Back in July, satellite images showed a trillion-tonne iceberg calving and drifting away from Antarctica’s Larsen C ice shelf. Well, it’s summertime now in Antarctica, which means scientists are finally able to view this behemoth from up close—and the pictures are just as spectacular as we imagined.
Known as iceberg A-68, the gigantic slab of ice weighs about a trillion tons and features a surface area of 2,240 square miles (5,800 square kilometres). The berg is slowly drifting away from the Larsen C ice shelf, possibly heading towards the South Georgia and South Sandwich Islands. As it floats away from the Antarctic Peninsula, A-68 is splintering and forming more icebergs in the process.
This past Sunday 12th November, members of Operation Icebridge—a NASA-led initiative to produce detailed 3D maps of Antarctic and Arctic polar ice—flew a P-3 aircraft armed with a sophisticated array of measuring instruments to take a closer look.
A remarkable shot of A-69, revealing the extent of its size. (Image: NASA/John Sonntag)
“Perhaps you know the feeling: that moment when you see with your eyes something you have previously only seen in pictures,” wrote science writer Kathryn Hansen, who participated in the trip, in an article penned for NASA’s Earth Observatory. “Before today, I knew the Larsen C ice shelf only from the satellite images we have published since August 2016.”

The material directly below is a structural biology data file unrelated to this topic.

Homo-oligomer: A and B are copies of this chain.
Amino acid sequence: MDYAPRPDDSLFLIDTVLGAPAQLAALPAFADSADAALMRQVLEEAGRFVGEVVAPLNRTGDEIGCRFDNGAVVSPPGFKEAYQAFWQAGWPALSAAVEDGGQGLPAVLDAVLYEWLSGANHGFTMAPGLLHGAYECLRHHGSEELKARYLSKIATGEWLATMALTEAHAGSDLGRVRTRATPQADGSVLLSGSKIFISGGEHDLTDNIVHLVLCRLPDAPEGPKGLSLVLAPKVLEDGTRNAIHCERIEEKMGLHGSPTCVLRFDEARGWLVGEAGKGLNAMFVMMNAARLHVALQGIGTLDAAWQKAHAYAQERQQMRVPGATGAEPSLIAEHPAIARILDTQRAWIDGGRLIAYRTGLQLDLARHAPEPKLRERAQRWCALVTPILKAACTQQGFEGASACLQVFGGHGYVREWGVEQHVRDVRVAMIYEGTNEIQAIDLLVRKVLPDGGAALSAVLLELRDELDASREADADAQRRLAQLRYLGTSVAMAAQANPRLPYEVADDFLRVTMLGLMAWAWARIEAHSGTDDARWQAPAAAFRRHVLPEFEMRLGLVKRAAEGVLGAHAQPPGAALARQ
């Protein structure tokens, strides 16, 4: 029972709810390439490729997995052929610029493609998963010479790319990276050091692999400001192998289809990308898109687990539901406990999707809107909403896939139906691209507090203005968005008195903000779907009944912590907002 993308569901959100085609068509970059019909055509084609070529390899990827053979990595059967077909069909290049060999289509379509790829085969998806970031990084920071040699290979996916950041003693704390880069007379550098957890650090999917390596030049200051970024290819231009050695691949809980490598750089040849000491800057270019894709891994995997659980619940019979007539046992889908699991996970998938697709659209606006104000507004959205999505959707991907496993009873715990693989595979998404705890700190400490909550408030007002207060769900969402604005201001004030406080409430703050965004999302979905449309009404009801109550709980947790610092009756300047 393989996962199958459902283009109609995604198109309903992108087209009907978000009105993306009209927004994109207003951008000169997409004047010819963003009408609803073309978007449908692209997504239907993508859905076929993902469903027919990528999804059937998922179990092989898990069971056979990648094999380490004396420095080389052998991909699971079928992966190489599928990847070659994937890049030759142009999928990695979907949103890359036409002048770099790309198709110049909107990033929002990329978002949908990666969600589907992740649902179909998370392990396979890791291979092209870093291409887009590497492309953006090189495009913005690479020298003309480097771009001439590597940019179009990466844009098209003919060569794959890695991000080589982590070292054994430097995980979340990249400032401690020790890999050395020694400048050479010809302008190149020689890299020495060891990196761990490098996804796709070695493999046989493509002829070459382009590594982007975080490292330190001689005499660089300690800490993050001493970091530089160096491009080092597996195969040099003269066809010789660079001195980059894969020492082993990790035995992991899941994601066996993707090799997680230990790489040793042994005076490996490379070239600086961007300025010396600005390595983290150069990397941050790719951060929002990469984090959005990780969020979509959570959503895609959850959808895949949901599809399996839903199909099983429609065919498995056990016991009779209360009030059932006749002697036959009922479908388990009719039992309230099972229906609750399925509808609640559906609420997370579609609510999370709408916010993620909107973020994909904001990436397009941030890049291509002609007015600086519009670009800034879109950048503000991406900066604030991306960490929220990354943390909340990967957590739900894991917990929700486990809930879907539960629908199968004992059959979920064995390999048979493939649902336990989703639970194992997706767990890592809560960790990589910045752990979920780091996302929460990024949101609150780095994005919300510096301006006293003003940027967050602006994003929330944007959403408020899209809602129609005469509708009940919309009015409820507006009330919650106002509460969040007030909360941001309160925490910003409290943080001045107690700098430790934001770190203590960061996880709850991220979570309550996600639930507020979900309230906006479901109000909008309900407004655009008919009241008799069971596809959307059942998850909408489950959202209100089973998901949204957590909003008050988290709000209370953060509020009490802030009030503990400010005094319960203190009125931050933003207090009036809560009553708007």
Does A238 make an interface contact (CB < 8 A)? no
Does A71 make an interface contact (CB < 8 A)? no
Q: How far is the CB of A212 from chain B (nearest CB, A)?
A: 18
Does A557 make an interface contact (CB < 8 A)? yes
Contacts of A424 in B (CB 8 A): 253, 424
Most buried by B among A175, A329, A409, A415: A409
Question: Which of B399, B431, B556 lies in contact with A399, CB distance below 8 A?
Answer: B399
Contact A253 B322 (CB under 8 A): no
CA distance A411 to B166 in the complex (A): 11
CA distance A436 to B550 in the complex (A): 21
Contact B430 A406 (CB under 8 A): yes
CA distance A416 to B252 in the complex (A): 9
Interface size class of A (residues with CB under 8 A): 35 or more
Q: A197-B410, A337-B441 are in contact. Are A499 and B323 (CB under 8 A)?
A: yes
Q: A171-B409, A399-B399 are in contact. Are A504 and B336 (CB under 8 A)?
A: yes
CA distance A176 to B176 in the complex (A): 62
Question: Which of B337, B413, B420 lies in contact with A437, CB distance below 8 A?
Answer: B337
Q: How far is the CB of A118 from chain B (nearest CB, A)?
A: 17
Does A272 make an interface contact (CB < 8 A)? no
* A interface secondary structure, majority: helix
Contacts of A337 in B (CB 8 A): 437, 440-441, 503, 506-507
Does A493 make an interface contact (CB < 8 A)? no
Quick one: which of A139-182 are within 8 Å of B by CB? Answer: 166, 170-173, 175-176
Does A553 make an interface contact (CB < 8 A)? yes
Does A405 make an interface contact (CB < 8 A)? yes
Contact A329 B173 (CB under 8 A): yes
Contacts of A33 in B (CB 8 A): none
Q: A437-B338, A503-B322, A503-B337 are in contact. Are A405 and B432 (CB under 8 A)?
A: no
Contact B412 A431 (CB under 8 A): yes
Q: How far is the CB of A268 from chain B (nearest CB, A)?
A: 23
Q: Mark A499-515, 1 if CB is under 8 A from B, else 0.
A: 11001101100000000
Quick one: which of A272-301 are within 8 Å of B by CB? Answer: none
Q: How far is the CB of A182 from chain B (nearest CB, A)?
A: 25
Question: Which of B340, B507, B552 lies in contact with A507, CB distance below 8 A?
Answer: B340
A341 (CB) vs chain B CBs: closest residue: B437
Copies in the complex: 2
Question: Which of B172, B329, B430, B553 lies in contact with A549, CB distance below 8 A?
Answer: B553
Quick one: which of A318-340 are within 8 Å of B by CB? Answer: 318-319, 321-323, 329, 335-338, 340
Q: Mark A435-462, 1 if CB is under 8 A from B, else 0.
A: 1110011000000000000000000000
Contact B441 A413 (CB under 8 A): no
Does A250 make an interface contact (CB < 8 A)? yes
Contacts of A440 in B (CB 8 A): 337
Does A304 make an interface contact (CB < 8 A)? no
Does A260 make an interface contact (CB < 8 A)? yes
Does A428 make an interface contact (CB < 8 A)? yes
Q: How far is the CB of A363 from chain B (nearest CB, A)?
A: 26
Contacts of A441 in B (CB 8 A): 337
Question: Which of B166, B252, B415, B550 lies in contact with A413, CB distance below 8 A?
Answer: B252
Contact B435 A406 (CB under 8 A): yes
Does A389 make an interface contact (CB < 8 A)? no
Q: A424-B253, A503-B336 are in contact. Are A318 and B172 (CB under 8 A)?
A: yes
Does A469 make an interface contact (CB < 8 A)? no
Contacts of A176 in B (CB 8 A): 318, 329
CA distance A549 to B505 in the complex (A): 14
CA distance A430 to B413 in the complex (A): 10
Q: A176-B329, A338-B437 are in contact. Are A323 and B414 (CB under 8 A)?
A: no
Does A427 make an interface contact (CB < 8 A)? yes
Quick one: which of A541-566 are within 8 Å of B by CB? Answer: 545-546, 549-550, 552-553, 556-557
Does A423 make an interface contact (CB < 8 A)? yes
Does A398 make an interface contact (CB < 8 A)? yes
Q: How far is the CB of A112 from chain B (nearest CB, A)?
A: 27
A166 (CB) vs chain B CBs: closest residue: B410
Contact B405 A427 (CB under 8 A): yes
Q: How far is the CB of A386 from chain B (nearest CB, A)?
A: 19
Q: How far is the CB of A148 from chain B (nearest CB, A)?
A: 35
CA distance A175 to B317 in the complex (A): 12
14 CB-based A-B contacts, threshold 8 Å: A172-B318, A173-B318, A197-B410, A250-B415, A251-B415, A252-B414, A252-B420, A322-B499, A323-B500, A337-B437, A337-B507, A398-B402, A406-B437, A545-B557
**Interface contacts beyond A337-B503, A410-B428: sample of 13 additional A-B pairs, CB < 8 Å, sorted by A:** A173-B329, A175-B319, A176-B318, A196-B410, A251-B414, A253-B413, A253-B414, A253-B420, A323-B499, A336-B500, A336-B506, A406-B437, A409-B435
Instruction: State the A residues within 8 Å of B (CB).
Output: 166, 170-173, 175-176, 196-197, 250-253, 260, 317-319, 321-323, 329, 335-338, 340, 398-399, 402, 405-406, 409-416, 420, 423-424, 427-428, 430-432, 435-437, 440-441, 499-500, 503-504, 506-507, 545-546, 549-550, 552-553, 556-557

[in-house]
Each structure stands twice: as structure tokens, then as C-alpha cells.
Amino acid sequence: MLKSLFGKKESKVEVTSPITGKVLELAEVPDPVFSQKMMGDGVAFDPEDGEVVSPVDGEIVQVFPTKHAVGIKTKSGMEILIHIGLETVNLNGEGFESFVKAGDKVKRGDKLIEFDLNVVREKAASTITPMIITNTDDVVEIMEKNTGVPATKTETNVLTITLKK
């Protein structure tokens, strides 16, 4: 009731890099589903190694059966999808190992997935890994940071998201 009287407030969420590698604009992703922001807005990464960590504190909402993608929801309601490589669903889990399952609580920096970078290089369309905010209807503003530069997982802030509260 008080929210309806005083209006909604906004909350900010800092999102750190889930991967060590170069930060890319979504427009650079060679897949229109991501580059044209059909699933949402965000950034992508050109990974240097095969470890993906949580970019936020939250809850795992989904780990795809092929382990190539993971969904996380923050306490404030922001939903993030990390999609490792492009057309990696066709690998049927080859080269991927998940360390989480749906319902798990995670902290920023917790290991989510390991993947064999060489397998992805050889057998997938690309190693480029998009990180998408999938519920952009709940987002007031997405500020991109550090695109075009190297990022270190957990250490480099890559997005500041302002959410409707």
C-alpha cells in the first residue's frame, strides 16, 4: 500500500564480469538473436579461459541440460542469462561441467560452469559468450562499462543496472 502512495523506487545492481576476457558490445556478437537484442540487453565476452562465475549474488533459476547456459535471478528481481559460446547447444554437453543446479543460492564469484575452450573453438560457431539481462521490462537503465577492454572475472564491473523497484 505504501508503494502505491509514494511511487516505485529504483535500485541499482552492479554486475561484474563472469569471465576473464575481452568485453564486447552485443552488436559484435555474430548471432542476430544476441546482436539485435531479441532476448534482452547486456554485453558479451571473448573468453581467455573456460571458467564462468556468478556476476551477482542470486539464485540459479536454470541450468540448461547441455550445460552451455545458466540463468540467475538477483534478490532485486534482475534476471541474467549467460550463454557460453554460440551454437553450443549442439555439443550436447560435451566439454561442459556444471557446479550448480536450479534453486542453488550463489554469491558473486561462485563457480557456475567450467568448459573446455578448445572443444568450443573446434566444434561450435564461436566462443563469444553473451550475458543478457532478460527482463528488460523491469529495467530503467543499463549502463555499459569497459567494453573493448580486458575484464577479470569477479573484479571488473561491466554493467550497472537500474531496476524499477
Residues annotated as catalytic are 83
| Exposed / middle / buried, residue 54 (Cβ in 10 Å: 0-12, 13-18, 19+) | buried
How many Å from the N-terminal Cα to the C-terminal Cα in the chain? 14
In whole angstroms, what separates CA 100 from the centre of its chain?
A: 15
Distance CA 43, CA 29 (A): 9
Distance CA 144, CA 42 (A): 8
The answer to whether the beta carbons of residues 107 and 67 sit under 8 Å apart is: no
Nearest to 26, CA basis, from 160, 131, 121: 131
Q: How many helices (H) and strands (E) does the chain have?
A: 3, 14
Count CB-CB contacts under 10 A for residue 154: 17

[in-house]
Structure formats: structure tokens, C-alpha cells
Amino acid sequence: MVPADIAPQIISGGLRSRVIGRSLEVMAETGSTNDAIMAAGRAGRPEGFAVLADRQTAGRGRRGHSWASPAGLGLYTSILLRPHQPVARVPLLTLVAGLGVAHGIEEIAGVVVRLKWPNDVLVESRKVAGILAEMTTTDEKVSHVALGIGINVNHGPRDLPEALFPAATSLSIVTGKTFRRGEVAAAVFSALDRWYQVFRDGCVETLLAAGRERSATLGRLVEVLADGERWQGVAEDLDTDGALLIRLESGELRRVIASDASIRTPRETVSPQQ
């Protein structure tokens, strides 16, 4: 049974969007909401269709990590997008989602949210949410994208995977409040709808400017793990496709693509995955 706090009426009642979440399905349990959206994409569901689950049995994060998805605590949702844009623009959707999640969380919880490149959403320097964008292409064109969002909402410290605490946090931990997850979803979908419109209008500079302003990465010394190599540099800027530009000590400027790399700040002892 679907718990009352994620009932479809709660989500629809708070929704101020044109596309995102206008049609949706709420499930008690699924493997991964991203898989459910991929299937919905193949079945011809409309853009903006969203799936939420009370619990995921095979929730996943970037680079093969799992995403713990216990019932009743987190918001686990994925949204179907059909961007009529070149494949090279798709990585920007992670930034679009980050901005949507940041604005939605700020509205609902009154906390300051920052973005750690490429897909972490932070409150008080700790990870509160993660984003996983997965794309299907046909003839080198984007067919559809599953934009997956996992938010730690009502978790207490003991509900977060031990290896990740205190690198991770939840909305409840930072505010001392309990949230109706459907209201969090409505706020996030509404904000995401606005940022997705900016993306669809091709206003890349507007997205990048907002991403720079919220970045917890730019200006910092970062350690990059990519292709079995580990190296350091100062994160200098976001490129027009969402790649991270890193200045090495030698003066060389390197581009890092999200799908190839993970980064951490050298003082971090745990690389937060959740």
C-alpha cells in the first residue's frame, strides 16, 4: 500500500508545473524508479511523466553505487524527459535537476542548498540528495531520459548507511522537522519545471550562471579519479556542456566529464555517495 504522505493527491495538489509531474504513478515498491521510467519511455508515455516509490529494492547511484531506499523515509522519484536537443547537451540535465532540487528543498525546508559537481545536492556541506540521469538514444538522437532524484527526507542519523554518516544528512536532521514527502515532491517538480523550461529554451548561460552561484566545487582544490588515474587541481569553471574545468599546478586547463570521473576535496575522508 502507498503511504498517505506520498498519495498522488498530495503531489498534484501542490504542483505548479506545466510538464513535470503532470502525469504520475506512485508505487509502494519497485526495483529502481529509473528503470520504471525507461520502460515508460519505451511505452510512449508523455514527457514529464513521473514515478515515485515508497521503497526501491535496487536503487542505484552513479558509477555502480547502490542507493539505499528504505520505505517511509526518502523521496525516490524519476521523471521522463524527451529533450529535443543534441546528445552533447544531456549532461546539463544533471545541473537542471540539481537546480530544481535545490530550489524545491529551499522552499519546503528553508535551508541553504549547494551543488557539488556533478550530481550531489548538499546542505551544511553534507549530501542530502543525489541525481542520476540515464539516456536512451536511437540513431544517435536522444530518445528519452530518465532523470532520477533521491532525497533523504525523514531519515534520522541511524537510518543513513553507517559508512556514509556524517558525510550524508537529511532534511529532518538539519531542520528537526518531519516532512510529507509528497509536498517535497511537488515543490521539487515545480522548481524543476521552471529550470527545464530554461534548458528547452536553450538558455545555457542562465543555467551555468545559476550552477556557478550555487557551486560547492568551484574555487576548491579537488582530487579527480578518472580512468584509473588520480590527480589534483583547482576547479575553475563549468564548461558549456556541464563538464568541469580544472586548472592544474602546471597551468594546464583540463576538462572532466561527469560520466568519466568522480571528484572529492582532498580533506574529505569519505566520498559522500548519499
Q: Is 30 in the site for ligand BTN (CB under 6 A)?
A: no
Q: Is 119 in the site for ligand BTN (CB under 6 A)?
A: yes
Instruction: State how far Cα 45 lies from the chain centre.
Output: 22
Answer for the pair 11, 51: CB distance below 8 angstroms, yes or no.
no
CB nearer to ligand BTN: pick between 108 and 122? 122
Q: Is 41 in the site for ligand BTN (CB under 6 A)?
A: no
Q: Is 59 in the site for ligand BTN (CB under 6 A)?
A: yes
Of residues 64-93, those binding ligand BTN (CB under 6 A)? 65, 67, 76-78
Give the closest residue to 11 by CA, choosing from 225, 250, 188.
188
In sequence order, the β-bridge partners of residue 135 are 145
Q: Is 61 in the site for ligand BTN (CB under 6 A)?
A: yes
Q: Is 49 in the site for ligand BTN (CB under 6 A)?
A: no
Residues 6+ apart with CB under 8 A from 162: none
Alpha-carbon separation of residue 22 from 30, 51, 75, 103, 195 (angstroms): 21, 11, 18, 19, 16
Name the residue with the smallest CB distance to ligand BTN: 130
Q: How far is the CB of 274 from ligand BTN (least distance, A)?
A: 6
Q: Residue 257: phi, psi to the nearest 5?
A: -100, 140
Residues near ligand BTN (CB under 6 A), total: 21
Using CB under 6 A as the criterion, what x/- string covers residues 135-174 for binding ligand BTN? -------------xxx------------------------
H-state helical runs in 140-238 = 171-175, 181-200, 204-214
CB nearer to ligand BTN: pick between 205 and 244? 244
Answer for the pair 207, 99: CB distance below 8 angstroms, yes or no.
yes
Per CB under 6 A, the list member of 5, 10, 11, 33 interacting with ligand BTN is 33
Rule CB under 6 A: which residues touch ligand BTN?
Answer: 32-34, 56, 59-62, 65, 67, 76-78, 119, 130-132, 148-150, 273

A wide view showing iceberg A-68B (front), iceberg A-68A (middle) and the Larsen C ice shelf (back). (Image: NASA/Nathan Kurtz)
Hansen said she wasn’t prepared for the enormity of the iceberg, as most bergs she’s seen were relatively small and blocky.
“A-68 is so expansive it appears if it were still part of the ice shelf,” she said. “But if you look far into the distance you can see a thin line of water between the iceberg and where the new front of the shelf begins. A small part of the flight today took us down the front of iceberg A-68, its towering edge reflecting in the dark Weddell Sea.”
Who’s up for a swim!? Larsen C ice shelf (left) and iceberg A-68A (right). (Image: NASA/Nathan Kurtz)
In addition to taking photos, the Operational Icebridge scientists sought to measure the depth of water below iceberg, which they did using radar and a gravimeter.
IceBridge project scientist Nathan Kurtz and Sebastián Marinsek from Instituto Antártica Argentino observe Larsen C from a window on the P-3 aircraft. (Image: NASA/Kathryn Hansen)
Scientists now have the clearest picture yet of A-68, which will help them track and study its progress moving forward. [NASA Earth Observatory]